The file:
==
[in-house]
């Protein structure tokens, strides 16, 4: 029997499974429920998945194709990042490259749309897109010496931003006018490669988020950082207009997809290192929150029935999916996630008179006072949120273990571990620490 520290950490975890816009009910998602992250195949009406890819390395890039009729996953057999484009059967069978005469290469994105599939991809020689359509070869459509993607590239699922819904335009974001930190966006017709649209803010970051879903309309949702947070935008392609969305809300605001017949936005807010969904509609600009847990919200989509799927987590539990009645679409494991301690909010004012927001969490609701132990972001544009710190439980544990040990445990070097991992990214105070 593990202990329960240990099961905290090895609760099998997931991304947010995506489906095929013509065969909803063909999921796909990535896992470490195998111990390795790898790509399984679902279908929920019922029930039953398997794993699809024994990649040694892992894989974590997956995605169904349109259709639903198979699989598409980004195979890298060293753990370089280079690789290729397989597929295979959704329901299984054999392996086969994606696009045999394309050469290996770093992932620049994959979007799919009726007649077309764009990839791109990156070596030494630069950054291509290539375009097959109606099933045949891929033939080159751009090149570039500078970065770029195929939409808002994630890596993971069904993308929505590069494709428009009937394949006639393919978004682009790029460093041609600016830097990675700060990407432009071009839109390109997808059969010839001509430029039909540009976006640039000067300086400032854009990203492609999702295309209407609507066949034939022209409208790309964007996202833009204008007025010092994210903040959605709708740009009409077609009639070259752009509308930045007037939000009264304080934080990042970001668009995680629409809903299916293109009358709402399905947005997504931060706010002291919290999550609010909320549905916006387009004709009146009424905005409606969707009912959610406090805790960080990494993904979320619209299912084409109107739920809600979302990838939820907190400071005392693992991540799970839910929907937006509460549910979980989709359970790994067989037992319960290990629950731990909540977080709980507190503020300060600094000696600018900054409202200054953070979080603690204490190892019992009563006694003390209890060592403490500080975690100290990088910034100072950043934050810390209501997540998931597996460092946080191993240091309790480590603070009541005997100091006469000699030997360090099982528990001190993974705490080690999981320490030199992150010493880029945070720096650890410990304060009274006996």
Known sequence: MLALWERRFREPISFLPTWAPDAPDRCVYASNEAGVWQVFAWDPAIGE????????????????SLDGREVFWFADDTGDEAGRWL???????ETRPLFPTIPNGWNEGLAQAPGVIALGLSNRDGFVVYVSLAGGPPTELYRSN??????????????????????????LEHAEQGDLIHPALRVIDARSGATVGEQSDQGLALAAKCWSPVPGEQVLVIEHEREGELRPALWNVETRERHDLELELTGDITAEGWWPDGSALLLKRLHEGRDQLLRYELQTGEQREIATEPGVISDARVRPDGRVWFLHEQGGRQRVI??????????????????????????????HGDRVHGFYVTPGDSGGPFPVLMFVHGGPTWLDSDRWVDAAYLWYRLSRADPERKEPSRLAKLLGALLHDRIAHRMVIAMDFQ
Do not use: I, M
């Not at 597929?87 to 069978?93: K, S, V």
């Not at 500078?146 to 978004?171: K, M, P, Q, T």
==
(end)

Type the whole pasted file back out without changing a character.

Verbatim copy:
[in-house]
């Protein structure tokens, strides 16, 4: 029997499974429920998945194709990042490259749309897109010496931003006018490669988020950082207009997809290192929150029935999916996630008179006072949120273990571990620490 520290950490975890816009009910998602992250195949009406890819390395890039009729996953057999484009059967069978005469290469994105599939991809020689359509070869459509993607590239699922819904335009974001930190966006017709649209803010970051879903309309949702947070935008392609969305809300605001017949936005807010969904509609600009847990919200989509799927987590539990009645679409494991301690909010004012927001969490609701132990972001544009710190439980544990040990445990070097991992990214105070 593990202990329960240990099961905290090895609760099998997931991304947010995506489906095929013509065969909803063909999921796909990535896992470490195998111990390795790898790509399984679902279908929920019922029930039953398997794993699809024994990649040694892992894989974590997956995605169904349109259709639903198979699989598409980004195979890298060293753990370089280079690789290729397989597929295979959704329901299984054999392996086969994606696009045999394309050469290996770093992932620049994959979007799919009726007649077309764009990839791109990156070596030494630069950054291509290539375009097959109606099933045949891929033939080159751009090149570039500078970065770029195929939409808002994630890596993971069904993308929505590069494709428009009937394949006639393919978004682009790029460093041609600016830097990675700060990407432009071009839109390109997808059969010839001509430029039909540009976006640039000067300086400032854009990203492609999702295309209407609507066949034939022209409208790309964007996202833009204008007025010092994210903040959605709708740009009409077609009639070259752009509308930045007037939000009264304080934080990042970001668009995680629409809903299916293109009358709402399905947005997504931060706010002291919290999550609010909320549905916006387009004709009146009424905005409606969707009912959610406090805790960080990494993904979320619209299912084409109107739920809600979302990838939820907190400071005392693992991540799970839910929907937006509460549910979980989709359970790994067989037992319960290990629950731990909540977080709980507190503020300060600094000696600018900054409202200054953070979080603690204490190892019992009563006694003390209890060592403490500080975690100290990088910034100072950043934050810390209501997540998931597996460092946080191993240091309790480590603070009541005997100091006469000699030997360090099982528990001190993974705490080690999981320490030199992150010493880029945070720096650890410990304060009274006996």
Known sequence: MLALWERRFREPISFLPTWAPDAPDRCVYASNEAGVWQVFAWDPAIGE????????????????SLDGREVFWFADDTGDEAGRWL???????ETRPLFPTIPNGWNEGLAQAPGVIALGLSNRDGFVVYVSLAGGPPTELYRSN??????????????????????????LEHAEQGDLIHPALRVIDARSGATVGEQSDQGLALAAKCWSPVPGEQVLVIEHEREGELRPALWNVETRERHDLELELTGDITAEGWWPDGSALLLKRLHEGRDQLLRYELQTGEQREIATEPGVISDARVRPDGRVWFLHEQGGRQRVI??????????????????????????????HGDRVHGFYVTPGDSGGPFPVLMFVHGGPTWLDSDRWVDAAYLWYRLSRADPERKEPSRLAKLLGALLHDRIAHRMVIAMDFQ
Do not use: I, M
């Not at 597929?87 to 069978?93: K, S, V």
């Not at 500078?146 to 978004?171: K, M, P, Q, T």